Cattail Cove Proposal gets Legislative Committee’s Backing at $6.4 million

Source:  Today’s News-Herald Havasunews.com – September 27, 2016

Editor’s note: An earlier version of this story misstated the price of each cabin. The information came from the Associated Press. The state would have the option to purchase each cabin at a price of $4,500 after six years, according to a state parks spokesman. The story has been updated to reflect the accurate information.

An Arizona legislative committee has backed a planned $6.4 million redevelopment of Cattail Cove State Park, as well as millions more dollars toward parks throughout the state to improve amenities at state campgrounds.

The funding may mark the reversal of a downward trend in budget cuts to the State Parks agency since 2012, according to records from the Arizona Budget Appropriations Committee. Four years ago, State Parks operated with a budget of about $96 million. By 2016, that budget had been slashed by more than $60 million, according to budget records.

The state also will fund $2.5 million in projects at five other parks to fund expansion and improvements to existing state parks such as Buckskin Mountain State Park near Parker and Alamo State Park in La Paz County. The state also recently announced it was planning a new state park near Contact Point.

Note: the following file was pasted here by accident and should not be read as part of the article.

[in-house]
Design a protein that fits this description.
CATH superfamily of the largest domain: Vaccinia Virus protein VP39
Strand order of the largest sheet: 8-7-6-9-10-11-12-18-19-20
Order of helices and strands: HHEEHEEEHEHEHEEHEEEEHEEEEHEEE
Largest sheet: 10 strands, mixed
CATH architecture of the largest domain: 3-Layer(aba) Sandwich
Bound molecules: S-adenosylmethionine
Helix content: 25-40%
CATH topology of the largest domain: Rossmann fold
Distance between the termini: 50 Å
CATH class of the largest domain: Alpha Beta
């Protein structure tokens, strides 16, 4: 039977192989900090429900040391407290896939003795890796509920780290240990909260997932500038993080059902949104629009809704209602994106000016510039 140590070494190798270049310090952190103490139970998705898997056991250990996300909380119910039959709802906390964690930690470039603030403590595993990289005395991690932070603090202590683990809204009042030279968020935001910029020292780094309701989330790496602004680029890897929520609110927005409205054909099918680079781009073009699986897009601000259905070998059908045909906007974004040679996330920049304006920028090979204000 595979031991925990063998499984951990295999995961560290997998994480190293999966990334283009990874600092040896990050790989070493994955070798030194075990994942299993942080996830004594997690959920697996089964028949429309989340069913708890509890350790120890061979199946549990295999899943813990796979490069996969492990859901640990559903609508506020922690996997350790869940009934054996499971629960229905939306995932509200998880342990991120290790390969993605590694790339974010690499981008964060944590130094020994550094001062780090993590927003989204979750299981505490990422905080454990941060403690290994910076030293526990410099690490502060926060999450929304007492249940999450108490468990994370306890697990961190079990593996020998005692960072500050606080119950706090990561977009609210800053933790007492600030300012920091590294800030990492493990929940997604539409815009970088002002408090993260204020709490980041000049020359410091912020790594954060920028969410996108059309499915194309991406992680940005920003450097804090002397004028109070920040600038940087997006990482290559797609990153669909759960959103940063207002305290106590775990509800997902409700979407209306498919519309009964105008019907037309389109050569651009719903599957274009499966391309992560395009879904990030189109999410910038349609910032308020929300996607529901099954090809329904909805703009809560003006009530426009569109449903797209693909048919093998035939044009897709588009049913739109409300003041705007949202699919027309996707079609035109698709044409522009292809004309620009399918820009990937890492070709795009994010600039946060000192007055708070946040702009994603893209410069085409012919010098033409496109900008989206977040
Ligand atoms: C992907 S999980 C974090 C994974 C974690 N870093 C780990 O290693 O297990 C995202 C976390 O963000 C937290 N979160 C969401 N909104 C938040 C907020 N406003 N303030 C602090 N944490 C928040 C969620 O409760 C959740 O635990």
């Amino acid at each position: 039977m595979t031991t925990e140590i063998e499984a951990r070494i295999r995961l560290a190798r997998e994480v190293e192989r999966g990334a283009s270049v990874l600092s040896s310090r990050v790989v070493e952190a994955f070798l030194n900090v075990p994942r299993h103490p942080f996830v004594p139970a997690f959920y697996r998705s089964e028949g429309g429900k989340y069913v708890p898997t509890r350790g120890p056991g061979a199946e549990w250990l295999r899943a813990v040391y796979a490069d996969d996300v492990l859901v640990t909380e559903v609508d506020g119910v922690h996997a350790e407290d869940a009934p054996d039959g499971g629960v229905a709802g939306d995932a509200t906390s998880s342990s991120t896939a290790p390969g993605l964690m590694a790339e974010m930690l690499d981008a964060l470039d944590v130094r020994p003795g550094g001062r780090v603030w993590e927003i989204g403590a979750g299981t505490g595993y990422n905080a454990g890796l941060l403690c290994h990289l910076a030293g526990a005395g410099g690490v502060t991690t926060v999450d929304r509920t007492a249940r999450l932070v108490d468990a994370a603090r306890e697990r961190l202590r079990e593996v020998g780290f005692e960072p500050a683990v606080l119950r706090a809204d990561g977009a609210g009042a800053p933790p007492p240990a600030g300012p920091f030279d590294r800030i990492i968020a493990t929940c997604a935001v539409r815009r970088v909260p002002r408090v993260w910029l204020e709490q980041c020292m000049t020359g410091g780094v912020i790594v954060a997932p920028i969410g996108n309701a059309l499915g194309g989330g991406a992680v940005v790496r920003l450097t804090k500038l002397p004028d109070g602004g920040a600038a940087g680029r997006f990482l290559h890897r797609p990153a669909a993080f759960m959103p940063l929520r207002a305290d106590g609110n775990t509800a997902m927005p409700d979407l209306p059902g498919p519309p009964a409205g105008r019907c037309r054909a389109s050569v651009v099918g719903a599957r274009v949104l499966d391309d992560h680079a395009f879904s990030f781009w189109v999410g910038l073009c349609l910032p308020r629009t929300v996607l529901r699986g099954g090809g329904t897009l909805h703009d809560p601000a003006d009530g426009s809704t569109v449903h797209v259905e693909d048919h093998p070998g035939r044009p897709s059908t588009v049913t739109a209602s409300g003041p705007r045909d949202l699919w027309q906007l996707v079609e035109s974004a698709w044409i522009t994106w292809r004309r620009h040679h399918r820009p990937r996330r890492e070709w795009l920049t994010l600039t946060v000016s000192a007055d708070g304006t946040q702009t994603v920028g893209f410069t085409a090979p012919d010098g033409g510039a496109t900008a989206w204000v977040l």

“I’m excited to see them renovating and refurbishing the area,” said State Rep. Sonny Borrelli, R-Lake Havasu City. “It’s going to positively affect the district and obviously Havasu, and it’s very exciting to see the state paying attention to Mohave County. We are the gateway to Arizona.”

Borrelli believes the renovations will have a positive impact on the Havasu region’simages economy as state lands see improvements and upgrades over the next several years. Proposed renovations to Sandpoint Marina and Cattail Cove have lain dormant for years, Borrelli said, and completing those renovations will bolster tourism and economic development for the Havasu region.

Lake Havasu Marine Association CEO Jim Salscheider says potential development of Cattail Cove and Sandpoint Marina would make Havasu’s future much brighter. Sandpoint Marina was once a popular destination for RV motorists, but was closed in 2015 when State Parks chose not to renew the operators’ lease over the land.

“Sandpoint has great views and a marina,” Salscheider said. “I see a great future there. Cattail Cove is a great campground, and they can have high-end motor coaches at the marina – it will bring in two kinds of clientele coming from California. The renovations would also spread boating traffic out, which would be a big plus for the lake and the boaters who use it.”

Through the deal, six of Arizona’s state parks will have the option of purchasing 100 cabins from an undisclosed vendor, at a cost of $4,500 per cabin after six years, and then receive 100 percent of rental revenue, according to the Associated Press.

The state currently maintains 28 cabins at Roper Lake, Alamo Lake, Dead Horse Ranch and Lyman Lake State Parks. The rate of occupancy for each of those cabins is about 50 percent this year, and State Parks officials believe there is a market for more of them throughout Arizona.